Is there a shot Tony Parker can’t make?
While we’ve had some questionable Parker trick shot videos this summer, this looks legit. And it’s impressive.
That said, I’m pretty sure Popovich doesn’t want him taking one of these in a game. I feel confident about that.
Jeff Taylor just wants to get back on the court, provide a little wing depth for the Hornets.
Getting on the court is not going to be that easy because the Hornets are loaded at the three — Michael Kidd-Gilchrist is back as the starter at the three, Lance Stephenson is at the two (but can play some three) and Gerald Henderson can back up both positions and Gary Neal is in the mix — but he was getting more than 24 minutes a game at the start of last season.
The other key is Taylor being healthy after rupturing his Achilles last season, He told Rick Bonnell of the Charlotte Observer he is good to go and has showed it working out with teammates at the Hornets’ facilities before camp it opens.
“It’s been a long road,” Taylor said. “With an Achilles injury, you have to be really patient — slowly getting back all your strength, back to what you were….”
“It’s not an injury anymore. It’s healed,” he said. “It’s not weighing on my mind.”
If Taylor is going to get the run he wants two things have to happen. First is he has to find his stroke from three again — he shot 34.4 percent as a rookie but that fell off to 26.9 percent last season. Taylor has a sweet release.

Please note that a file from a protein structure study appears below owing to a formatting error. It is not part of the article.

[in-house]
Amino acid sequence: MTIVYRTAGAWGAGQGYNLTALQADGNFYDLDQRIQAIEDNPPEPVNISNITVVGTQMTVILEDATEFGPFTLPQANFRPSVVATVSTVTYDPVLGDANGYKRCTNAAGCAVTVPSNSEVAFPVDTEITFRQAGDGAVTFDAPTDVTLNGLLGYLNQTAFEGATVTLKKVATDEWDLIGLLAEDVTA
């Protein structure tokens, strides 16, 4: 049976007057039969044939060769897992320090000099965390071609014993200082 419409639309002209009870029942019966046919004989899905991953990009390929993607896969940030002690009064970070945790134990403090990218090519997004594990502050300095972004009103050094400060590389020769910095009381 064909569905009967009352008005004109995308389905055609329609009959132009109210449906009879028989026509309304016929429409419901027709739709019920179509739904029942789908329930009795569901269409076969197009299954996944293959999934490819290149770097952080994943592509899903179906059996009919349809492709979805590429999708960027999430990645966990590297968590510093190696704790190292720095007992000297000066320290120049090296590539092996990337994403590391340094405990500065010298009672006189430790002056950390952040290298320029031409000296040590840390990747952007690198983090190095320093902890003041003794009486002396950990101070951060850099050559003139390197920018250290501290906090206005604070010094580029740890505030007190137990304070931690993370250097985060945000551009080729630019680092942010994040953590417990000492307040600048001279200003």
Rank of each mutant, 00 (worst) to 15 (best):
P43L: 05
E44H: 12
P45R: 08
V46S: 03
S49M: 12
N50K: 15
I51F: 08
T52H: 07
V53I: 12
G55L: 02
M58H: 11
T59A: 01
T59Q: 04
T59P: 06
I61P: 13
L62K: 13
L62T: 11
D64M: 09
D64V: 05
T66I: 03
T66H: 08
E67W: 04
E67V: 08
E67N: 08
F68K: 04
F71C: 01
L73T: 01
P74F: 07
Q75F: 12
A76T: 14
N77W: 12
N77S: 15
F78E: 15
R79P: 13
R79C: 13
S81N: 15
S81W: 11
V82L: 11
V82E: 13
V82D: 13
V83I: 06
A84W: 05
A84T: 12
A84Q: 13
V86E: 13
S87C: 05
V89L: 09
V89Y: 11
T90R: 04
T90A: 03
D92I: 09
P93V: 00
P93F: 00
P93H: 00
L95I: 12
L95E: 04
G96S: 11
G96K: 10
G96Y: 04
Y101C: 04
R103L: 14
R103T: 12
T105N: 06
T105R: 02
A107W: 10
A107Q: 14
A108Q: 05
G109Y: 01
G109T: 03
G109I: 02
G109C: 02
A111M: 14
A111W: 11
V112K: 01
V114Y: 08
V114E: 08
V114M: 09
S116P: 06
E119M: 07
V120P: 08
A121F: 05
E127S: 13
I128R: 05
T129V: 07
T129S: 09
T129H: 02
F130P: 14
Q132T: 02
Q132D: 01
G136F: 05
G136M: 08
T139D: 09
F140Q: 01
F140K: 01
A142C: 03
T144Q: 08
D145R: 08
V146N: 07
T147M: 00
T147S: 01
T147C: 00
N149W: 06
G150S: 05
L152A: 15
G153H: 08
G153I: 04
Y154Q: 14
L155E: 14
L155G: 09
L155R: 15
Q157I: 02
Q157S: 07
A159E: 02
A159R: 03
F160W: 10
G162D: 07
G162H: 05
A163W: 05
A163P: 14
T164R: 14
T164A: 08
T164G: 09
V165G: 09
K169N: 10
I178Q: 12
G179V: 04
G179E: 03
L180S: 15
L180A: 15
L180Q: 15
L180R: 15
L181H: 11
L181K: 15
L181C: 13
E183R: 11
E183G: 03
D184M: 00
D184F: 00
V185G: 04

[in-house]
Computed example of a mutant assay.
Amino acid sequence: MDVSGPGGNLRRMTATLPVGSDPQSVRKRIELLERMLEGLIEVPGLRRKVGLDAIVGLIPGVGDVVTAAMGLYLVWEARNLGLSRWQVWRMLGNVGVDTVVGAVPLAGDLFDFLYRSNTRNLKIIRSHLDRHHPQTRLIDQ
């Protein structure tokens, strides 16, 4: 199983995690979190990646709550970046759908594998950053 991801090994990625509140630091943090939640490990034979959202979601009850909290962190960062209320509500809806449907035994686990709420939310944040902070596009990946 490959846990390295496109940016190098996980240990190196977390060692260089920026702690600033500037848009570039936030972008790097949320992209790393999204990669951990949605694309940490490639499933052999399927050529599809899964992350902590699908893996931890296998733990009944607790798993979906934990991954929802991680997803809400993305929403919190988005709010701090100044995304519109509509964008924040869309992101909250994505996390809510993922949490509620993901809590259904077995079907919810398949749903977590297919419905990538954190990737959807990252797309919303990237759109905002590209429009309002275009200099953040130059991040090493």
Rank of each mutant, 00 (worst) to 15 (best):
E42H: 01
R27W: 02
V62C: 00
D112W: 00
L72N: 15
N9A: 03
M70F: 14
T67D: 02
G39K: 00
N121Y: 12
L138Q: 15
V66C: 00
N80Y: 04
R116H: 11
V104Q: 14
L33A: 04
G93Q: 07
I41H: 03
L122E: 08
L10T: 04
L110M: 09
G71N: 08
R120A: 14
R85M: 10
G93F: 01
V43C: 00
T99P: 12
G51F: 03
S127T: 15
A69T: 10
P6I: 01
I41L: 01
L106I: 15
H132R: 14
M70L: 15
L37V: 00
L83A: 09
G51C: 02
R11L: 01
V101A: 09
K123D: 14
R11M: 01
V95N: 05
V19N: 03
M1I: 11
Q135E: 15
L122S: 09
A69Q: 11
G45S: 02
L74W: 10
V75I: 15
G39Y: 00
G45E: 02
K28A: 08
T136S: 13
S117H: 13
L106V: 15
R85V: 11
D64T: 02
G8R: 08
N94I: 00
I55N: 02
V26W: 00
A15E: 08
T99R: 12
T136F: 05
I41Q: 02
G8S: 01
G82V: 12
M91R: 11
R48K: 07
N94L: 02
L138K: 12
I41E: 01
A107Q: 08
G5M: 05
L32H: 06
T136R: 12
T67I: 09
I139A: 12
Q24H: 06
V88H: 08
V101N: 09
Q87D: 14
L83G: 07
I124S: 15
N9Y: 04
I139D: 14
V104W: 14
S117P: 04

He’s also going to have to continue to show defensive improvement. Coach Steve Clifford guided the Hornets (then Bobcats) to the playoffs last season on the strength of a sixth ranked defense (and enough points from Al Jefferson to stay ahead). Taylor struggled defensively as a rookie but was improved last season before the injury. Now he needs to take another step forward on that end because, as mentioned above, Clifford has other good options. Bottom line, you can’t be a “3 and D” player in the league without the D.
At least Taylor is back, healthy and ready to prove he belongs on the court.
Minnesota couldn’t have done much better than getting Andrew Wiggins back for the forced trade of Kevin Love — they landed arguably the most hyped prospect entering the NBA in a decade. A guy with a world of potential.
Now is there pressure is on him to become the next face of the franchise? To grow into that cornerstone that the Timberwolves can build a winner around? That can be a lot of weight on the shoulders of a 19-year-old, right?
No. At least Wiggins doesn’t see it that way, speaking to the media in Minnesota (hat tip to Dime Magazine).
“I don’t really feel like it’s too much pressure right now. I’ve been through being the number one player in high school, in college, all that stuff. So, pressure to me has really died down; I don’t feel it as much as I used to.”
Everyone knew at Kansas he was going to have one year to get it right, then he was off to the NBA. With Minnesota he doesn’t have that kind of time pressure, nobody expects much of anything from the Timberwolves this season. It’s about improving, it’s about growth.
Speaking of growth, it’s easy to play the “what if” game here: “What if Wiggins had gotten to learn how to be a pro from being on the same team with LeBron James?” On paper that’s intriguing, and there were people who didn’t want the Cavs to make this deal. (Those people were wrong, by the way, Cleveland did the right thing.)
The reality is there are plenty of mentors in the NBA for a player willing to listen, and going to Minnesota means Wiggins is going to get thrown in the fire from the start and asked to play. A lot. That is the best way to learn.